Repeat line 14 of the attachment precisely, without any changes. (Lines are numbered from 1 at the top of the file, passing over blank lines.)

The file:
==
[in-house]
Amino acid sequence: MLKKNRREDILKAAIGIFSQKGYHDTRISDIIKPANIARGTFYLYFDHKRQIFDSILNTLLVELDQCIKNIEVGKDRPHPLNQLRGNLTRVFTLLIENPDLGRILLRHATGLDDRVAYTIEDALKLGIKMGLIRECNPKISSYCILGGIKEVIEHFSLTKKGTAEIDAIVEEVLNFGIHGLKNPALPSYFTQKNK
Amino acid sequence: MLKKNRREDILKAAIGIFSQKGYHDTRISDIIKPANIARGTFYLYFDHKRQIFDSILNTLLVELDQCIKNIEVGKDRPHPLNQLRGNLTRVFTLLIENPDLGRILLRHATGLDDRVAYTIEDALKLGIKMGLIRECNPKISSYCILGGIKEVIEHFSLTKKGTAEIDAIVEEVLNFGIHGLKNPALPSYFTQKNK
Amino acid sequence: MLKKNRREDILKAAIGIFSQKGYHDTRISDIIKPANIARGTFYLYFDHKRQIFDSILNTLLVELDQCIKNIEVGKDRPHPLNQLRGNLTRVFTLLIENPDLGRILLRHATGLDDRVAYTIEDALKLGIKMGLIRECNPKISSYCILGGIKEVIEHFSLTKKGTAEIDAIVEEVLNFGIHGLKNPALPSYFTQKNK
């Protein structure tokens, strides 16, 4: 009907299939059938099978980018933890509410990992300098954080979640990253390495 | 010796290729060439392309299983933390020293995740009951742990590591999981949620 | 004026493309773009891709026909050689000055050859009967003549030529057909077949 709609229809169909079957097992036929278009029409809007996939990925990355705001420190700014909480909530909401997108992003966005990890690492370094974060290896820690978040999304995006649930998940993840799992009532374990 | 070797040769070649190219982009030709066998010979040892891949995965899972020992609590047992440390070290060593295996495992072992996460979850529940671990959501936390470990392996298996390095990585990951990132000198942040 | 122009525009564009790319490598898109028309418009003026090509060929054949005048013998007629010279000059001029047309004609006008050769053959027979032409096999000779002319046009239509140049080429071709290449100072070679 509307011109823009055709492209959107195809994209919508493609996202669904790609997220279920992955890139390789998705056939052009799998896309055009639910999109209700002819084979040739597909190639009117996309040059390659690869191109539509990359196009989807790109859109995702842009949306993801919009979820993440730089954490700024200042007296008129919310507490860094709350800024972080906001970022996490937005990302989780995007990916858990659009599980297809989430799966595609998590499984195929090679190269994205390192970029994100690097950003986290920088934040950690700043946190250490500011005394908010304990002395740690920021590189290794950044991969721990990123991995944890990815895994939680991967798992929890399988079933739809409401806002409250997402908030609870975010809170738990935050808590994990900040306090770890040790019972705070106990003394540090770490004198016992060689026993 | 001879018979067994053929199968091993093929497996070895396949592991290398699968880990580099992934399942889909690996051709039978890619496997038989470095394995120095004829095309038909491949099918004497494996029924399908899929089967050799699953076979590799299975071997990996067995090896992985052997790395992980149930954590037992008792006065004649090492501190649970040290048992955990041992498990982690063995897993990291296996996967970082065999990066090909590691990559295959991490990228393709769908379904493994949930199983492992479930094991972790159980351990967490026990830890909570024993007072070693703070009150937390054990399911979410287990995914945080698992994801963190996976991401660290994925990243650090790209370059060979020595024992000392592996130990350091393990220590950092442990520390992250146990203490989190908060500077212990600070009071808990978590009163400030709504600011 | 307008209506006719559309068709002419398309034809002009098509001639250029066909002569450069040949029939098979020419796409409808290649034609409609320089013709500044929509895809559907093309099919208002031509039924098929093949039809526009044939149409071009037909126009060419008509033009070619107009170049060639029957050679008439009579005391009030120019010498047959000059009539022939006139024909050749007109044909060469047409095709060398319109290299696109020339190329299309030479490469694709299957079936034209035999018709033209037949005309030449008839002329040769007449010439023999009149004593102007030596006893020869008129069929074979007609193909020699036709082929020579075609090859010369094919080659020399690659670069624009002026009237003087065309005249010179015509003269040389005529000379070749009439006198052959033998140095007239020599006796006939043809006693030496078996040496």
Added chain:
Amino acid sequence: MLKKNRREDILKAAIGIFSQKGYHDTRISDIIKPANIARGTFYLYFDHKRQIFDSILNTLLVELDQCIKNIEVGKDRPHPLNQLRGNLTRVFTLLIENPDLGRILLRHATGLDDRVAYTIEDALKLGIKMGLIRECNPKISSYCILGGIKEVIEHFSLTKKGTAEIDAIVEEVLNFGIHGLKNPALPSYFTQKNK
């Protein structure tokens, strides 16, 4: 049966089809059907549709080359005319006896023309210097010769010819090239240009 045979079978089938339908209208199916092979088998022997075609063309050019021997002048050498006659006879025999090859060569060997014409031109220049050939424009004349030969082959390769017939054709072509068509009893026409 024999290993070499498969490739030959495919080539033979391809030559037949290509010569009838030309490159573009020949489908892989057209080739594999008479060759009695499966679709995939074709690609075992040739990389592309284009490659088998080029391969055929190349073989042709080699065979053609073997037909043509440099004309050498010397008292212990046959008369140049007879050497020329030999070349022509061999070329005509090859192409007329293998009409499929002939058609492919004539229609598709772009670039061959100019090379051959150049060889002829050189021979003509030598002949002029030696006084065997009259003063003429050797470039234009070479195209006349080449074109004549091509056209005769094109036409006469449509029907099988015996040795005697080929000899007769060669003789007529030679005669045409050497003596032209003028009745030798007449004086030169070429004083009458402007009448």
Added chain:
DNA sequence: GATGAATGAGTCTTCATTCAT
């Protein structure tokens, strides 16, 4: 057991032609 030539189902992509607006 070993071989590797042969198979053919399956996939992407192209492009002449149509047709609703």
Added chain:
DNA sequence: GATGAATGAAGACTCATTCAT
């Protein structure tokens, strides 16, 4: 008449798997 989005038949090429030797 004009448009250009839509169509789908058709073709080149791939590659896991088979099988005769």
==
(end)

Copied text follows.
């Protein structure tokens, strides 16, 4: 008449798997 989005038949090429030797 004009448009250009839509169509789908058709073709080149791939590659896991088979099988005769």